Dictionary of Sydney

The Dictionary of Sydney was archived in 2021.

Ultimo House

CC BY-SA 2.0
Cite this

Ultimo House

Ultimo House [media]was one of Sydney's grand residences, and at the time of its demolition in November 1932 was claimed to be the oldest standing house in Sydney. Built for surgeon John Harris in 1804 using convict labour, the stately two-storey country residence stood on a rise overlooking Blackwattle Creek and Cockle Bay, close to the Parramatta road.

Harris's new house was within the boundaries of the 34-acre (13.8-hectare) grant given to him by Governor King in December 1803. Harris and King had a close relationship: Harris had been appointed by King as his administrative assistant on the recommendation of Lieutenant-Colonel William Paterson and served as a magistrate and Naval Officer for Sydney. Harris's support for King's attempts to control the trade of liquor in the colony was rewarded with three grants between December 1803 and January 1806 totalling 191 acres (77.3 hectares), which comprised much of his Ultimo estate. He increased this through purchase to 233 acres (94.3 hectares) by 1818, taking up most of the peninsula of Ultimo/Pyrmont. [1]

From the outset, Ultimo House was treated as a country seat by Harris, with the local bush transformed into English-style parkland grazed by imported Indian deer. Although he used the estate for some small-scale mixed farming, the Ultimo Estate was largely for show rather than production.

After King departed, Harris lost favour with his successor, Governor Bligh. In January 1808 Harris held a dinner at Ultimo House with fellow officers opposed to the governor. It was from this dinner that the conspirators returned to Sydney to call the troops out to arrest Bligh in what was to become known as the Rum Rebellion. [2]

In 1814 Harris, by now out of the navy, returned to Sydney from London where he had been giving evidence at the court-martial of Captain Johnston for his role in the overthrow of Bligh. Harris returned to Ultimo House with his new wife and soon afterwards commissioned Francis Greenway (who had arrived as a convict in 1814 on the General Hewitt, the same ship Harris had returned on) to extend the property. This was Greenway's first private commission. [3]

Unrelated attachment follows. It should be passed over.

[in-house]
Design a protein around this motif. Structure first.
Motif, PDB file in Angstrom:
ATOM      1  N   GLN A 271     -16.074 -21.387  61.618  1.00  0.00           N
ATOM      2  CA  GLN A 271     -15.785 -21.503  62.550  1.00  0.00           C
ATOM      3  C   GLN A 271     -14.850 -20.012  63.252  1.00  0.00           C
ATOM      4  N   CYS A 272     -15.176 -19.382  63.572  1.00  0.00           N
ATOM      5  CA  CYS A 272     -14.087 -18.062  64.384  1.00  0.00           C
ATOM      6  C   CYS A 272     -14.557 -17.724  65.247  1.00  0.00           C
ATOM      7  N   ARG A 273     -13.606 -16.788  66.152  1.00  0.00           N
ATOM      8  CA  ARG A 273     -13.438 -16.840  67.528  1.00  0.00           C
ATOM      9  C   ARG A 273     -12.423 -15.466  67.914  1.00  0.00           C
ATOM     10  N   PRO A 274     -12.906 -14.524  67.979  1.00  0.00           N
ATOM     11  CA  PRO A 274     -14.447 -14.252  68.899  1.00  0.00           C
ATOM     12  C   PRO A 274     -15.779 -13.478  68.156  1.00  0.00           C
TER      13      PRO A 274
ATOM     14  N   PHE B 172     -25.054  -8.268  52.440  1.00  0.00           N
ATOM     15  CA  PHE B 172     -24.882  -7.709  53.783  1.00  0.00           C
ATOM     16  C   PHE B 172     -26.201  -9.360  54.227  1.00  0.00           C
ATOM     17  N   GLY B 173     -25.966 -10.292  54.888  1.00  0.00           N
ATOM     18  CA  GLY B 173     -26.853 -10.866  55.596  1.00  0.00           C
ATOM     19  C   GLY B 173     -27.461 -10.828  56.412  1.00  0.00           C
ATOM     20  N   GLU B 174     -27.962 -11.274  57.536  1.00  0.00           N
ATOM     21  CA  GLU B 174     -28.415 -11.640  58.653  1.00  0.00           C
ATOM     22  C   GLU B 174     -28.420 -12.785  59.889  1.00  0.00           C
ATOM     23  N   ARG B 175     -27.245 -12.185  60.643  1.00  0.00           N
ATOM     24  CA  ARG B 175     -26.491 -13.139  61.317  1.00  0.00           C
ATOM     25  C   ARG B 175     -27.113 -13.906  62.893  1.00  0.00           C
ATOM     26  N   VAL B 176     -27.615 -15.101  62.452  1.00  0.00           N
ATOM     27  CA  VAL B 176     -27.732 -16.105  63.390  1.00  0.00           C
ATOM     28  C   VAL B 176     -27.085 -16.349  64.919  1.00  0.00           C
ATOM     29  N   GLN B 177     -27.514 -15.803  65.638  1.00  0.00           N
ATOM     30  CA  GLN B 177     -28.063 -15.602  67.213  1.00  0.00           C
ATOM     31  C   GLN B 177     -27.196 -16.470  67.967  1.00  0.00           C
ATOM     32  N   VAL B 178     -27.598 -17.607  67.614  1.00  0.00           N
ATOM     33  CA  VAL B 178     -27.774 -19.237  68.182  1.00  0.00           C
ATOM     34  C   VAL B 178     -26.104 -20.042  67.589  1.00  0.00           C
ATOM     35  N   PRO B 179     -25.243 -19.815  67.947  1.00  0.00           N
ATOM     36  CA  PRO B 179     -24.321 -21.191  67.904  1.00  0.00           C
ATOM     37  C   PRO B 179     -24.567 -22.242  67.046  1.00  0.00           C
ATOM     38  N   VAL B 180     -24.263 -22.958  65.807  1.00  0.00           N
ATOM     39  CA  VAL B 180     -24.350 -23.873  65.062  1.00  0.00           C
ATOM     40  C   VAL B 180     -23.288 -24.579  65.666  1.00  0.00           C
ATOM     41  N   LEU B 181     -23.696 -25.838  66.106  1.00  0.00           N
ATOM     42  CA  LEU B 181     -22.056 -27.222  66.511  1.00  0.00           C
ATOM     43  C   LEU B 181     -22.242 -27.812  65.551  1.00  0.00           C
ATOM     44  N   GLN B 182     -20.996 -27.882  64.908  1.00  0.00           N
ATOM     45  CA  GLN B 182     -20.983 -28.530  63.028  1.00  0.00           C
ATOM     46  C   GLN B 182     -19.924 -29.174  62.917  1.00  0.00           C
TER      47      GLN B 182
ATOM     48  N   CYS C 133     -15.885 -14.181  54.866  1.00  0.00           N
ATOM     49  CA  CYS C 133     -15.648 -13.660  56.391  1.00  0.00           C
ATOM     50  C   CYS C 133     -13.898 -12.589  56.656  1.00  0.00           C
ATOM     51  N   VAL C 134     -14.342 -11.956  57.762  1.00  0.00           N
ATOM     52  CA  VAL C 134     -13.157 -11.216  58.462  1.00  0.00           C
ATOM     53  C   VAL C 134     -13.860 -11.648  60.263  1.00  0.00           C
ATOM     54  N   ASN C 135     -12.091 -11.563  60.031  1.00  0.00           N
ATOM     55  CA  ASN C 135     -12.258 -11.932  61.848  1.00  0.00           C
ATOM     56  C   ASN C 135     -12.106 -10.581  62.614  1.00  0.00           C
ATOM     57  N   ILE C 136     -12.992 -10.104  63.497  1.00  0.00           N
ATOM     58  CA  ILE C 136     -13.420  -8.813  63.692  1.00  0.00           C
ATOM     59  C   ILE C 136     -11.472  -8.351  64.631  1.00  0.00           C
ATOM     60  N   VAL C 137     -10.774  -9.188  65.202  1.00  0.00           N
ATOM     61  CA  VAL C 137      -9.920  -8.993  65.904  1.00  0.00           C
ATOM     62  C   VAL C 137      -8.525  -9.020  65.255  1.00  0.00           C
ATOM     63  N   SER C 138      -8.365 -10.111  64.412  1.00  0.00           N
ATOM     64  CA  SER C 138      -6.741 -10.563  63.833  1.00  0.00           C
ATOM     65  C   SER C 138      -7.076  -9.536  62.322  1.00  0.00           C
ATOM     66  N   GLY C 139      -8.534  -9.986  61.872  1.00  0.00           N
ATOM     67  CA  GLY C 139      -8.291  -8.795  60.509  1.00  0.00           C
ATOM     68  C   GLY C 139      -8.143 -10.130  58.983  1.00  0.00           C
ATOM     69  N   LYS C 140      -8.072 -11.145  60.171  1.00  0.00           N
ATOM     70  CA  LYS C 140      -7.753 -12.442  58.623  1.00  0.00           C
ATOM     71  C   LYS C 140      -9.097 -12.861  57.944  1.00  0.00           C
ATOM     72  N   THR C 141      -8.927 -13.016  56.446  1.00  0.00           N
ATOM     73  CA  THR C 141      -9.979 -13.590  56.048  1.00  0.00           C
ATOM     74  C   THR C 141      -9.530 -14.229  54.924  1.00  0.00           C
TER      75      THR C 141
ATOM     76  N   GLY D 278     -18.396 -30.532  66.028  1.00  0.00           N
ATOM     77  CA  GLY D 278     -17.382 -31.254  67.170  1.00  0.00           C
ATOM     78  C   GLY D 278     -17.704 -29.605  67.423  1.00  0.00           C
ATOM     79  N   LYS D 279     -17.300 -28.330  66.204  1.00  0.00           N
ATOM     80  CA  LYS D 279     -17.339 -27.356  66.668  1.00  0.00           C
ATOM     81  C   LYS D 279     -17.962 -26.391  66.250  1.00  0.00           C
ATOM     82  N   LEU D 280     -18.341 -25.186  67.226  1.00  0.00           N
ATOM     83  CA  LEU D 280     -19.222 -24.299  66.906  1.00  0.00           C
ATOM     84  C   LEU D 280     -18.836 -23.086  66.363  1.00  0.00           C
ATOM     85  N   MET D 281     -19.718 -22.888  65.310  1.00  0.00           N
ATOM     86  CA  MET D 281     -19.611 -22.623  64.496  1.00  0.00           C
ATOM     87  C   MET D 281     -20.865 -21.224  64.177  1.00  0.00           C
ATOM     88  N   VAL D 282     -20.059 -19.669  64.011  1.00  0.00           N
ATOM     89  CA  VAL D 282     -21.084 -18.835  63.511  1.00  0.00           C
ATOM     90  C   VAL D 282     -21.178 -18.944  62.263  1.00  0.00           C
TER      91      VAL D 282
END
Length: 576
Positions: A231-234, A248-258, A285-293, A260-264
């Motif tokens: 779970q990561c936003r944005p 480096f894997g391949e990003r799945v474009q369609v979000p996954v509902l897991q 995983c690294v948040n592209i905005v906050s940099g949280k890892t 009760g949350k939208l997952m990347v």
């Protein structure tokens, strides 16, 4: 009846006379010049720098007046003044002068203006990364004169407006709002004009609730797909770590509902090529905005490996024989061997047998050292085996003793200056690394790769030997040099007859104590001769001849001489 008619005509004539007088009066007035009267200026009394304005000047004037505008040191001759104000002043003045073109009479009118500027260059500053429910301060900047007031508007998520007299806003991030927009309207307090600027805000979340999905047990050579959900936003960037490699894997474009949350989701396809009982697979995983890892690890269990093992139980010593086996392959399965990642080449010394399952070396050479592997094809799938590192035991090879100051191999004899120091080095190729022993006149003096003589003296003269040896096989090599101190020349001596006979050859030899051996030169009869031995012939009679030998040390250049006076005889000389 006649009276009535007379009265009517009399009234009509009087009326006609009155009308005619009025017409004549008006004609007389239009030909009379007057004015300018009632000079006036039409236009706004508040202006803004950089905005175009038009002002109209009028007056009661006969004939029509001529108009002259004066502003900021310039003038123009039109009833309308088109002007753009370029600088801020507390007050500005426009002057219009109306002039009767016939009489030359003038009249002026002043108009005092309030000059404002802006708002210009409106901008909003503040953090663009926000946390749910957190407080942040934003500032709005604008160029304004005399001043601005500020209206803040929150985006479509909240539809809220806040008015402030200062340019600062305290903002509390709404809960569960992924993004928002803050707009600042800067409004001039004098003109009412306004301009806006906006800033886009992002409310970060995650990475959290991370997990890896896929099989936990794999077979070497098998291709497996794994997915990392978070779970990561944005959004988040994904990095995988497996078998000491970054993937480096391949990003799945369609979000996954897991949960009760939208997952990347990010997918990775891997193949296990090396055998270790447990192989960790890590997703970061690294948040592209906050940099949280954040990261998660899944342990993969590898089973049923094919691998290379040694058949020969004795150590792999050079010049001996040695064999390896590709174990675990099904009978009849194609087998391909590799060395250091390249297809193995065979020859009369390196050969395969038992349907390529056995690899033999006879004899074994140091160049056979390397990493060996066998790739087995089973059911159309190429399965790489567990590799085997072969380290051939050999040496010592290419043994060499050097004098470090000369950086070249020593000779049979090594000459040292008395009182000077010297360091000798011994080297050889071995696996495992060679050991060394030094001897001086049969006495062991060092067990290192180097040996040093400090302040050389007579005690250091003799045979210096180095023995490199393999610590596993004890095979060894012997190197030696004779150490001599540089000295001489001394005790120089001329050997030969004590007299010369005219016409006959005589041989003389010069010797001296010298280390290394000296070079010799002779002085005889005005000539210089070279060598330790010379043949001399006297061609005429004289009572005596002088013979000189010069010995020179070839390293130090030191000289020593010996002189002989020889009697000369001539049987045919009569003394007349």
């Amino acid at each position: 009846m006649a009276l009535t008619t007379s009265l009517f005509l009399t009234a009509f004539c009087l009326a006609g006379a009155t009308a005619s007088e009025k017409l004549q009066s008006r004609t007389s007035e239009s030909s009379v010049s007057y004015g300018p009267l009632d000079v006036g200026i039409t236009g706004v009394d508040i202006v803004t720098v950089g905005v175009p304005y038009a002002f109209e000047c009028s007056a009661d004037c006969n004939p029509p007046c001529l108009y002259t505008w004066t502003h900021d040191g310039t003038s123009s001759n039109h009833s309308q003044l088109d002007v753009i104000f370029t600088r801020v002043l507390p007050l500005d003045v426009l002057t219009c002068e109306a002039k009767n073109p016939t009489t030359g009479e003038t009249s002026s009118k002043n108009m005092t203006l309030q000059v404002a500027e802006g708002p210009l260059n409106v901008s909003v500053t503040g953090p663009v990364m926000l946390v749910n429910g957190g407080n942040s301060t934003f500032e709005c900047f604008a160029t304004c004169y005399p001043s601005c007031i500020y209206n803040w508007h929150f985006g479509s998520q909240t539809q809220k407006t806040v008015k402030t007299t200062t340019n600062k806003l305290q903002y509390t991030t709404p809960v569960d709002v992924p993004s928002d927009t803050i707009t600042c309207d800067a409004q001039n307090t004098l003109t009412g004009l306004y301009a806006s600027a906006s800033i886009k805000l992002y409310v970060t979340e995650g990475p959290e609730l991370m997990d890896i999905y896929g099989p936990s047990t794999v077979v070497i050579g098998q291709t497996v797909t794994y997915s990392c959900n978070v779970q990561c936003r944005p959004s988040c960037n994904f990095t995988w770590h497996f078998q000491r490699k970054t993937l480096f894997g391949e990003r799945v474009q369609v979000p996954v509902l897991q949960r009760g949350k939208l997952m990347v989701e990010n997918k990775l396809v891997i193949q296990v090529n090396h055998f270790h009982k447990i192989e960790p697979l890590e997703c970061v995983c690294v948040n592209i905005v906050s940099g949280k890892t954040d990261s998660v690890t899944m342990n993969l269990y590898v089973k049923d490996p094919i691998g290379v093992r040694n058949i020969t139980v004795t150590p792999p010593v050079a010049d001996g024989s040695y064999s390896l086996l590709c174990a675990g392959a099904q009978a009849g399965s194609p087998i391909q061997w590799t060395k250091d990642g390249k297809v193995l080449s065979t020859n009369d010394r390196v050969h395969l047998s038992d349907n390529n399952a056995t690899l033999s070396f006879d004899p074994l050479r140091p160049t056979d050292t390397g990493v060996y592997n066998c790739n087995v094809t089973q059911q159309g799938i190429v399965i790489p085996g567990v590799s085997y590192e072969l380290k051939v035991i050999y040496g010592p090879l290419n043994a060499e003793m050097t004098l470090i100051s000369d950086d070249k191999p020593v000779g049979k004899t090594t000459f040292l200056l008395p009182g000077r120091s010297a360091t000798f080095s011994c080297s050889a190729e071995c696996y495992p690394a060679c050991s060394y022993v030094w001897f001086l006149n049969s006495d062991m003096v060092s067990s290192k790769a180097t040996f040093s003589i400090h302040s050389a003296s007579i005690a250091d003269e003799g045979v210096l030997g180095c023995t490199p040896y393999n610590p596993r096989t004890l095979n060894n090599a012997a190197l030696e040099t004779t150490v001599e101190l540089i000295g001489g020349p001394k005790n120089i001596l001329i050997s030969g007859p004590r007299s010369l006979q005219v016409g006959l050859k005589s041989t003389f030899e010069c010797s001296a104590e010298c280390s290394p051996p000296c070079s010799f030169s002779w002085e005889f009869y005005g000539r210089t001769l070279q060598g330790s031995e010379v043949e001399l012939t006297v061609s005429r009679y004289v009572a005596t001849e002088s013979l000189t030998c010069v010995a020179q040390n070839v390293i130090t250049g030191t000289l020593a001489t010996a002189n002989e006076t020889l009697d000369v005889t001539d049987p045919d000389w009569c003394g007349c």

The colony's premier address

Harris moved out of the house in 1821, leasing the property to a number of prominent tenants who maintained it as one of the colony's premier addresses. Edward Riley leased the house and estate between 1821 and 1824, after which Judge John Stephen took up residence; he in turn was followed by John Edye Manning, registrar of the Supreme Court of New South Wales.

During Riley's occupancy, the house became one of Sydney's foremost social spots with a number of large parties reported in the press. At one to send off HMS Tees and her crew, 240 people dined in three shifts while Captain Piper's band played dances until the morning. [4]

Although the house was primarily used as a domestic residence, for a short period in the mid 1850s the property was employed by the Australian Washing Association as the site for their Sydney laundry. The Australian Washing Association advertised that their washing house was fitted with hot and cold water, with articles for washing being taken in Monday to Wednesday and delivered back Thursday to Saturday. [5]